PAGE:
As usual, the DFH were right. President Obama, please explain to me how this is a sign of a growing, vibrant democracy?
On Saturday, four journalists who had been released described being rounded up well after they had left a protest of thousands at Baghdad's Tahrir Square. They said they were handcuffed, blindfolded, beaten and threatened with execution by soldiers from an army intelligence unit.
"It was like they were dealing with a bunch of al-Qaeda operatives, not a group of journalists," said Hussan al-Ssairi, a journalist and poet who described seeing hundreds of protesters in black hoods at the detention facility. "Yesterday was like a test, like a picture of the new democracy in Iraq."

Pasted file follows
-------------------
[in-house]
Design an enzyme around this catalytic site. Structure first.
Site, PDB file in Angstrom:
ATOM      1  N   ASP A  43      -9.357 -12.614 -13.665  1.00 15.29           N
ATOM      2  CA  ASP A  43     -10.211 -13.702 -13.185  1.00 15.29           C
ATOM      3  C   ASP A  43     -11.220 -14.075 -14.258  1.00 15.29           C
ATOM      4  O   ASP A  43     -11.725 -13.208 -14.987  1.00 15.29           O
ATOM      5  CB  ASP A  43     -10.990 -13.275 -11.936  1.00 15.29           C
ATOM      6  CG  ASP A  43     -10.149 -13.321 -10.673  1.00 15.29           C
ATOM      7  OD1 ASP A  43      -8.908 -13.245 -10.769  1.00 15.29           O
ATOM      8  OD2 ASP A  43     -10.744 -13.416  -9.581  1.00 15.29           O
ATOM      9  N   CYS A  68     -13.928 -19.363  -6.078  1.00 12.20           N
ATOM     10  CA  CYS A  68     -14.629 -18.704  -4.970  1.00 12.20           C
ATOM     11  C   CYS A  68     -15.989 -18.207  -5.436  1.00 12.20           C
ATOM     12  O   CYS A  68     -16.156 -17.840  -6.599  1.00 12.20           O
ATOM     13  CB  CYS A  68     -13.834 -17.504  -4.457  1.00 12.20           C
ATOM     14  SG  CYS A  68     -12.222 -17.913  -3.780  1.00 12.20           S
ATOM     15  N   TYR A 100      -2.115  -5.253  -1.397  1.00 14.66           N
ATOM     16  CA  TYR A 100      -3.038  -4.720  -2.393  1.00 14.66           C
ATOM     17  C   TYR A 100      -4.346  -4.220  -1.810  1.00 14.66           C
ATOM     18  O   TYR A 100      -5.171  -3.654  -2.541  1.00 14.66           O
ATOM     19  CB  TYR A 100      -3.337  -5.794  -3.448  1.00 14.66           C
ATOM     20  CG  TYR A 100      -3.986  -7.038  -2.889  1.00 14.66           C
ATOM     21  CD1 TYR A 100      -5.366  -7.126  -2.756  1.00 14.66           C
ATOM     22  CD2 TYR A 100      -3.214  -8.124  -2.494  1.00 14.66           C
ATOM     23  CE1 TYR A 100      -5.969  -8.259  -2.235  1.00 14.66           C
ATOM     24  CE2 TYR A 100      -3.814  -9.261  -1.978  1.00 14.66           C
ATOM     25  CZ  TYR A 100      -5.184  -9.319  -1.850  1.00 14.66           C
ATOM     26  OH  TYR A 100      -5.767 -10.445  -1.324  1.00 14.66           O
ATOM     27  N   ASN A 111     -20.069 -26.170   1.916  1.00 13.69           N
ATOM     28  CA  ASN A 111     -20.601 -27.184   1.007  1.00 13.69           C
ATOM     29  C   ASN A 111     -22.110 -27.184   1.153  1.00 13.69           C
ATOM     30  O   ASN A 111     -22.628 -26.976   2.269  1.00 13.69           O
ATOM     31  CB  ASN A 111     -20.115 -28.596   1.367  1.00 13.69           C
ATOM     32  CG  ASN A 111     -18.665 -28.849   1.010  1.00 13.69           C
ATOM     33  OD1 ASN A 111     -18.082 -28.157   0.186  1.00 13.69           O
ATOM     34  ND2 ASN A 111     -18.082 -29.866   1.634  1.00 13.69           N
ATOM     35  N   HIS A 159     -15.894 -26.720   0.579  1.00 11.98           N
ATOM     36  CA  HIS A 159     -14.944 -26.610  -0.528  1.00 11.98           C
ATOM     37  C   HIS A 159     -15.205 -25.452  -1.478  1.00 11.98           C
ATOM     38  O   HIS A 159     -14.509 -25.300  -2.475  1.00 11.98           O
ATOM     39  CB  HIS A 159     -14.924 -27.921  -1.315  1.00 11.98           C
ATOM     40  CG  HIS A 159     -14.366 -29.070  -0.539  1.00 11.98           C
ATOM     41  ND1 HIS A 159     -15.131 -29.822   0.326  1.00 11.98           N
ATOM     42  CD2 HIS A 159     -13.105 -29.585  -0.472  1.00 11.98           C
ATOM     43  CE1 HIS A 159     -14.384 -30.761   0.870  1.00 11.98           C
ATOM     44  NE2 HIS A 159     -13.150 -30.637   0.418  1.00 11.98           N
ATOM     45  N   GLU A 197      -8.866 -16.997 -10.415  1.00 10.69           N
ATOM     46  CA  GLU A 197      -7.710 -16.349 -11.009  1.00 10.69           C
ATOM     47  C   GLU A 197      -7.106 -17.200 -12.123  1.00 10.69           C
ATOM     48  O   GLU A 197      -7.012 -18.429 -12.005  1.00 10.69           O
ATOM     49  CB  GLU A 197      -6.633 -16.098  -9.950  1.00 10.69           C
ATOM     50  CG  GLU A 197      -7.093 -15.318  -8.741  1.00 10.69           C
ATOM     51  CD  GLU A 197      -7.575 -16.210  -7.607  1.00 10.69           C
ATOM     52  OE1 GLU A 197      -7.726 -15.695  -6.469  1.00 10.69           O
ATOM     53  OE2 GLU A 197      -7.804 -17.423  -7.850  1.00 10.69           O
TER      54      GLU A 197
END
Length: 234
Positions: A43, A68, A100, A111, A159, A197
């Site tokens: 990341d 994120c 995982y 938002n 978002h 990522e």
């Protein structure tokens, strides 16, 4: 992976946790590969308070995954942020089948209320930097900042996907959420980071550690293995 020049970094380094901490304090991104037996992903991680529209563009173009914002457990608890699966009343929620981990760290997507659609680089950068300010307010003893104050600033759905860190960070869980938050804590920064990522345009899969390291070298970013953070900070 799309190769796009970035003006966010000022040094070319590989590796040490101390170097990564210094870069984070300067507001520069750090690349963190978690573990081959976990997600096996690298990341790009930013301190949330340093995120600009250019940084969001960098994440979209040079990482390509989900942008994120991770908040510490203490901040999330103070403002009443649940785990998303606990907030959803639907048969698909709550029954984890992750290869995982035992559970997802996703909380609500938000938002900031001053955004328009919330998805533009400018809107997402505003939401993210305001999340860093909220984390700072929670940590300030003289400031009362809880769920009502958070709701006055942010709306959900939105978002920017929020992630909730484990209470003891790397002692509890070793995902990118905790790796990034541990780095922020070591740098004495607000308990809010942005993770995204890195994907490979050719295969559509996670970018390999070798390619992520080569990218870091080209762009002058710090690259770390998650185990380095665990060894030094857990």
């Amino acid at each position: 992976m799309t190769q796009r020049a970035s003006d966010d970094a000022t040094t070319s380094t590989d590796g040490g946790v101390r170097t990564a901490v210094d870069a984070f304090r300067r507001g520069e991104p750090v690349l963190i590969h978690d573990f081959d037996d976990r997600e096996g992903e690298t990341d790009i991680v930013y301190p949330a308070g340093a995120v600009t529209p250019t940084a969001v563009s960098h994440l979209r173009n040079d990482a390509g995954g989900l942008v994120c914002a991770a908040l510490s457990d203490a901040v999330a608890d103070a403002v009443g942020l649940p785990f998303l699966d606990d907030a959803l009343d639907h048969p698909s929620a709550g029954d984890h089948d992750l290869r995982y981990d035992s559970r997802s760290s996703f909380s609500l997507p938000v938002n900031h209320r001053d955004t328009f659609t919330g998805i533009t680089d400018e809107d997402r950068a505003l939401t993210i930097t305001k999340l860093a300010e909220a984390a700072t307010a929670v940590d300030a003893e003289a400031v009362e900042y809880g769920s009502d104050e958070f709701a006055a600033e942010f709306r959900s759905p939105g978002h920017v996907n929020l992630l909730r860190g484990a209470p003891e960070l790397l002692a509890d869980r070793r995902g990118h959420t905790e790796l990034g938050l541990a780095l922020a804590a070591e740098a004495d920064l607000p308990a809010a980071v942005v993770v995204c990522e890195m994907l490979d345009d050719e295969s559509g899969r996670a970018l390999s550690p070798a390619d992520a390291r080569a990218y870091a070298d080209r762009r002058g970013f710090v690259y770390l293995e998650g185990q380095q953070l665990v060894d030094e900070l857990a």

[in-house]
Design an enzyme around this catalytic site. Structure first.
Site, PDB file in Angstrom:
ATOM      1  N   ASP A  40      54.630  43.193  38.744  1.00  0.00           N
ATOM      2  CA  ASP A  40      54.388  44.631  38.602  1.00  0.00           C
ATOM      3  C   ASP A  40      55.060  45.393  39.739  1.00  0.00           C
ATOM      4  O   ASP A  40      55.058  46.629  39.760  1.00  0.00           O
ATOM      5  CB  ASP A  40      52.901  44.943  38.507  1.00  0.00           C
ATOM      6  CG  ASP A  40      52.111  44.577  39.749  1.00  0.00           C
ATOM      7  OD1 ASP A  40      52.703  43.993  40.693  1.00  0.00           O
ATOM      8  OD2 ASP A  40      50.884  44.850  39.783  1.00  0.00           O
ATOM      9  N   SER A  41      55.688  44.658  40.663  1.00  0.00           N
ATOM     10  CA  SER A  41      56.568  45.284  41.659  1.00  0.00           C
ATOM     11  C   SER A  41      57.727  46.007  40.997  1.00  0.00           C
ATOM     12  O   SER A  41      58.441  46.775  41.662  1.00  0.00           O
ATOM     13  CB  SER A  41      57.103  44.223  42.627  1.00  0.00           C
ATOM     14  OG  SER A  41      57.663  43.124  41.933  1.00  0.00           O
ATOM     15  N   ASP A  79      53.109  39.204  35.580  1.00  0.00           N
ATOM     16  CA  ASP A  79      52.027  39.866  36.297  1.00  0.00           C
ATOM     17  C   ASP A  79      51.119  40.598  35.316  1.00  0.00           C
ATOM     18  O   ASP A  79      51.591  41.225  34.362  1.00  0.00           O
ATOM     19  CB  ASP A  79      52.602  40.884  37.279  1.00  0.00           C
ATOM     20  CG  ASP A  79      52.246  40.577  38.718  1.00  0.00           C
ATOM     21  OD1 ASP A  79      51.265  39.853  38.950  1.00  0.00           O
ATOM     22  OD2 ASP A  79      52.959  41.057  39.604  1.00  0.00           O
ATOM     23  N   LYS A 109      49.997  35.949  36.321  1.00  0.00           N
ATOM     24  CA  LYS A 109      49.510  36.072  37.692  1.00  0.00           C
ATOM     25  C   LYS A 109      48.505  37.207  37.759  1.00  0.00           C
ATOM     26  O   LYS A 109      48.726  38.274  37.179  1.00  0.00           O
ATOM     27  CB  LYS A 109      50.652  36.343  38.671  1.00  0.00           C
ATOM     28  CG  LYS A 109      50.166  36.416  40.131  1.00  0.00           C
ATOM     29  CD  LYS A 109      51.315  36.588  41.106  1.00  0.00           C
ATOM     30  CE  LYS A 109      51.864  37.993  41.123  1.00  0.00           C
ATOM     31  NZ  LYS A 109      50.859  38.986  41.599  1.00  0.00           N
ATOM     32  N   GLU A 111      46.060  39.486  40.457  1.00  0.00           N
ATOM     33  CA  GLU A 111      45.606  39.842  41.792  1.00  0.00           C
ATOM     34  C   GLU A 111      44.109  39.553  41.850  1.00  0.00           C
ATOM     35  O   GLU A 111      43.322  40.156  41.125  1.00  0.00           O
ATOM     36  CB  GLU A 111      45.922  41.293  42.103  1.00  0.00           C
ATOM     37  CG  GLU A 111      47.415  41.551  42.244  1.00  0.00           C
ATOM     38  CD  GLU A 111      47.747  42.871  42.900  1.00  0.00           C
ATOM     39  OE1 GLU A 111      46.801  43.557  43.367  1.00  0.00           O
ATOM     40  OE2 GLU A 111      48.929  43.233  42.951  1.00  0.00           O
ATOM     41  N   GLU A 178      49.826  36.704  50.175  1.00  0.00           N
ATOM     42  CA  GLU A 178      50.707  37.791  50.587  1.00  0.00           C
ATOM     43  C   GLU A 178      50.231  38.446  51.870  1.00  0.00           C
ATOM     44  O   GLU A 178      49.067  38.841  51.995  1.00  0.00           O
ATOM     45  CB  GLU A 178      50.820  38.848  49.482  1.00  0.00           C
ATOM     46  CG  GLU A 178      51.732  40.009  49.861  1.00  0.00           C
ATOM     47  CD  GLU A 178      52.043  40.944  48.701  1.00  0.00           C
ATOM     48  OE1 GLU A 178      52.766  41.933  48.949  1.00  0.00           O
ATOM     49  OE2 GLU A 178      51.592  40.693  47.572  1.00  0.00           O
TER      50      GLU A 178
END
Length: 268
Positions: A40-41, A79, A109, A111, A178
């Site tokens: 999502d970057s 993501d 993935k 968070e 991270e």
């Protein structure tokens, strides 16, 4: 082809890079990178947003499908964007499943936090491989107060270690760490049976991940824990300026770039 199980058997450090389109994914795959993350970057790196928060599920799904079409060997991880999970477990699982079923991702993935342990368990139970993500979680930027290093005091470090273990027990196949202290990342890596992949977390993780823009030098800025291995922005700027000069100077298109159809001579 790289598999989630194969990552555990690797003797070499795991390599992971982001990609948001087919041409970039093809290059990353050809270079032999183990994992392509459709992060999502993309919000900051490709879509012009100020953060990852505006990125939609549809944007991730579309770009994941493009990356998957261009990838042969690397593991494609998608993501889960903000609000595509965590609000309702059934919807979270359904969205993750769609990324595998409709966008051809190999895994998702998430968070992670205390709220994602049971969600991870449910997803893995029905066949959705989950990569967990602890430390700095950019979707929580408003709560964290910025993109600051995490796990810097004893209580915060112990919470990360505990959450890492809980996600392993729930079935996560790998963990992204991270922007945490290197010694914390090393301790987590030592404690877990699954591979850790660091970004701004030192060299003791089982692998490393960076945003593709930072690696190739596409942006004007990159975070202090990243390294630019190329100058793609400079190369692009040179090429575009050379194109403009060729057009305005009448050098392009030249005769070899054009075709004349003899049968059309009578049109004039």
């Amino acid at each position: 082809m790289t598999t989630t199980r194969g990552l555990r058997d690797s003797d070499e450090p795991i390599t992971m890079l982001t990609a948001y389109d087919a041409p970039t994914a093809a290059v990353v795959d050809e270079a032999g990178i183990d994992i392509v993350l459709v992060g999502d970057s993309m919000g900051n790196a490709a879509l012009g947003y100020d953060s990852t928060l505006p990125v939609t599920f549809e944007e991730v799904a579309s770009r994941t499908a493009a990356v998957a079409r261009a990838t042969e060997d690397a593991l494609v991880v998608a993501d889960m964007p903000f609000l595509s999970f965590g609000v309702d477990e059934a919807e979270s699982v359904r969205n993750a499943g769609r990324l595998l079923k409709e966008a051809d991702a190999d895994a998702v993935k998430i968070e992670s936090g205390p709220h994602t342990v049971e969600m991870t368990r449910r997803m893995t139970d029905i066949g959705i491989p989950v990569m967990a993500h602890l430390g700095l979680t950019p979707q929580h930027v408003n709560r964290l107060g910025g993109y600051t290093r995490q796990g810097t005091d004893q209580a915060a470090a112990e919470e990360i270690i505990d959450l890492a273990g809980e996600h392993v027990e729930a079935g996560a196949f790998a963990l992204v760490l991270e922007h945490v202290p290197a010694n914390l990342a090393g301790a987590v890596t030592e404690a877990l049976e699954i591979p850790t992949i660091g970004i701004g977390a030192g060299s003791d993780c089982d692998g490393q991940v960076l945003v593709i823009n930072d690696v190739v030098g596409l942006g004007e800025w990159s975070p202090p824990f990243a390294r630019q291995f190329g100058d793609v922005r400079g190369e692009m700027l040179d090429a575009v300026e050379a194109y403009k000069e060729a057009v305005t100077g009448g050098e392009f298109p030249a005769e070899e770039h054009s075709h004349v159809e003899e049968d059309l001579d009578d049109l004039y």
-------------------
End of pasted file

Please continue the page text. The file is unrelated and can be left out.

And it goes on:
The Iraq protests were different from many of the revolts sweeping the Middle East and North Africa in that demonstrators were calling for reform, not for getting rid of the government. Their demands ranged from more electricity and jobs to ending corruption, reflecting a dissatisfaction with government that cuts across sectarian and class lines.